The Very 2020 Ascent of Sarah Cooper

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Sarah Cooper used to work at Google. Now, she’s about to work for Netflix. Well, sorta. In the kind of topsy-turvy story that could only happen in 2020, the UX designer turned comedian is leveraging the fame she’s garnered online during the Covid-19 pandemic to put together a special for the streaming giant. It’s scheduled to premiere this fall—the perfect cap to a whiplash year.

Truly, when it comes to pop culture, if there’s a more 2020 sentence than “comedian who went viral mocking President Trump on TikTok gets Netflix special,” I don’t know what it is. For those who managed to miss the rise of Cooper, though, here’s some backstory: Cooper used to be a writer and correspondent for the CBS All Access show Old News. She also wrote the books 100 Tricks to Appear Smart in Meetings and How to Be Successful Without Hurting Men’s Feelings. She’s become a viral sensation during the pandemic for a series of videos wherein she lip-syncs snippets of Trump’s press conferences. The most popular—videos about hydroxychloroquine, “Obamagate,” and the president’s thoughts on the Bible—have received hundreds of thousands of views on TikTok, YouTube, Twitter, and Instagram. But it was her “How to Medical” video, which spoofed Trump’s comments about injecting disinfectant, that got her national notoriety. From there, it was only a matter of time before she achieved mainstream success.

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Following Cooper’s viral hit, she was quickly booked on The Ellen DeGeneres Show, and just this week, she served as a guest host on Jimmy Kimmel Live. It’s been an incredible ascent, and one that’s almost tailor made to these times. Comedians have been taking jabs at the president’s public appearances since he took office. But there was something about Trump’s response to the coronavirus that really lent itself to parody. Cooper’s videos effortlessly tapped into that, all while utilizing TikTok’s wildly popular formats and providing laughs for people locked up in quarantine. Her videos couldn’t have been more right, and right on time.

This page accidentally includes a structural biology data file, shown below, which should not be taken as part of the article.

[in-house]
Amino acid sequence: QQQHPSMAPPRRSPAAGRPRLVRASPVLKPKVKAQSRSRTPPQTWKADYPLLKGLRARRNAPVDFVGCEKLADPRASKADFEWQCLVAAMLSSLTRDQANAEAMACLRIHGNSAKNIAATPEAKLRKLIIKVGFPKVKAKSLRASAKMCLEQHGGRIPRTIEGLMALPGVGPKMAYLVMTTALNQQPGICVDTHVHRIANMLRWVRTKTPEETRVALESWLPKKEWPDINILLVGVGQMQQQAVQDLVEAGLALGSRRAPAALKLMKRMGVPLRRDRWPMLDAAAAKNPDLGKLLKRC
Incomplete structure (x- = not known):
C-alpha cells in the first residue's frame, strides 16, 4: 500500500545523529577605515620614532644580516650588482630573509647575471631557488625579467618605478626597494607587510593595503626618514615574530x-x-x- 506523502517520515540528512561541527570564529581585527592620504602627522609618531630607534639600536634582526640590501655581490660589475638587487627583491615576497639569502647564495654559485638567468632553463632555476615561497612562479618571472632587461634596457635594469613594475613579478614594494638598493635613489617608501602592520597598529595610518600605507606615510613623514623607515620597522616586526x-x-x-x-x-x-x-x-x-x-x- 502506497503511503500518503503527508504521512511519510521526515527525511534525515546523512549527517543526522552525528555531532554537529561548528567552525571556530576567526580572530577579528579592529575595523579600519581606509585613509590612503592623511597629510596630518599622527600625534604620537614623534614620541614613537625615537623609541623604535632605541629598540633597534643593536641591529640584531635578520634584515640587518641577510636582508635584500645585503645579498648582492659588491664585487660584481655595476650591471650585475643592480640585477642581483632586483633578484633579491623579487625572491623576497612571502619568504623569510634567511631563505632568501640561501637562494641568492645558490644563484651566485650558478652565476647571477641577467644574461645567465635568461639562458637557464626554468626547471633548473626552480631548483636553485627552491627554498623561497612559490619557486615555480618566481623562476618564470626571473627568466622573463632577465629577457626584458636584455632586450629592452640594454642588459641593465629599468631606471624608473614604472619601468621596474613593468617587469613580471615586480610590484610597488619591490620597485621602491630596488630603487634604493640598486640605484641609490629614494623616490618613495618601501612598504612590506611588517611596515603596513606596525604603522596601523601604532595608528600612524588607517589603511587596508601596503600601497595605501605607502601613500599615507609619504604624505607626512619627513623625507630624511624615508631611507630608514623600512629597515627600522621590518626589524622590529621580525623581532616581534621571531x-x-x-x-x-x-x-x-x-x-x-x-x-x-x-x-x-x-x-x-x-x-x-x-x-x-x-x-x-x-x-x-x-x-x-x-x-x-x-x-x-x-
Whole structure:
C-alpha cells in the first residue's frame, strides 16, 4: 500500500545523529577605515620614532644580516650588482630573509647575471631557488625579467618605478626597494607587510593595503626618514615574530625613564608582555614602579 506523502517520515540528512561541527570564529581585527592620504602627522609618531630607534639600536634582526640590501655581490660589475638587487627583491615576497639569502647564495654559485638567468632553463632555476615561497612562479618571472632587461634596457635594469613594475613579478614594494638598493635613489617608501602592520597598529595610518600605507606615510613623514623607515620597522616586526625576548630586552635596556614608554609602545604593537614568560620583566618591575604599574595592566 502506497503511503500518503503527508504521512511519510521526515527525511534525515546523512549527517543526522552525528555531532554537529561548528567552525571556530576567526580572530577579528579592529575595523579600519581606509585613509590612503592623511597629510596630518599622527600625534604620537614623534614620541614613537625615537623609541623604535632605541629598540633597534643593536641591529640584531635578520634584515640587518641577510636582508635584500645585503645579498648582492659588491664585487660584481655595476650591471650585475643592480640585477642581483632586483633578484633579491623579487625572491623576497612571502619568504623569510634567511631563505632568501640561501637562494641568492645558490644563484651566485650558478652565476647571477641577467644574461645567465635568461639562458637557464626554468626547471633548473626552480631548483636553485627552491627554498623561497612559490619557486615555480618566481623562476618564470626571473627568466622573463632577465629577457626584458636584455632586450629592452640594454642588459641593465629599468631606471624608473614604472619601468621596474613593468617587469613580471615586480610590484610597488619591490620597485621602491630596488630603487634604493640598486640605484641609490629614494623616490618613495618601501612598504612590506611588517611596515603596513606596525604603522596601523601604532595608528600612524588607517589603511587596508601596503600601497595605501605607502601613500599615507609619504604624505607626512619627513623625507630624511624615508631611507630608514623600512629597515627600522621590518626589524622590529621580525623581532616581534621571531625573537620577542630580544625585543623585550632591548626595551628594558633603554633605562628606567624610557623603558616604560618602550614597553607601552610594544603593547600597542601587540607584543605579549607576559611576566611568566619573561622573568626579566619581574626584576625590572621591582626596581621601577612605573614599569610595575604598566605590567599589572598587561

Cooper’s forthcoming Netflix special—titled Sarah Cooper: Everything’s Fine—likely won’t be more of the same. But based on the title, and its allusions to that meme of a cartoon dog surrounded by flames, it’ll probably feature humor made for the internet age, and for its streaming home, Netflix. It’s also got the backing of heavy hitters like Russian Doll’s Natasha Lyonne, who is set to direct, and Maya Rudolph, who will executive produce while (presumably) doing guest spots on Saturday Night Live now that Joe Biden has picked Senator Kamala Harris as his running mate. According to Netflix, Cooper’s special will deal with “politics, race, gender, class, and other light subjects,” and will feature “short interviews, sketches, and more shenanigans.” It’ll hit the streaming service this fall.

All told, it sounds like another example of an internet creator going viral and landing mainstream success. That is definitely true, but it also signals something else: a shifting of the tide. The world now has more avenues for #content than ever before. Traditional television shows and films have been massively sidelined by Covid-19 lockdowns—and while we all miss shows like Euphoria and the usual summer blockbusters, a lot of other forms of entertainment, like Cooper’s videos on social media, have emerged to fill the void. There’s no doubt that entertainment has been shifting, and will continue to shift, but the events of 2020 have accelerated that process immensely. During a week where media mogul Sumner Redstone passed away and Sarah Cooper got her own Netflix special, it’s hard not to wonder just how soon the future of entertainment will get here—and what it’ll look like when it does.

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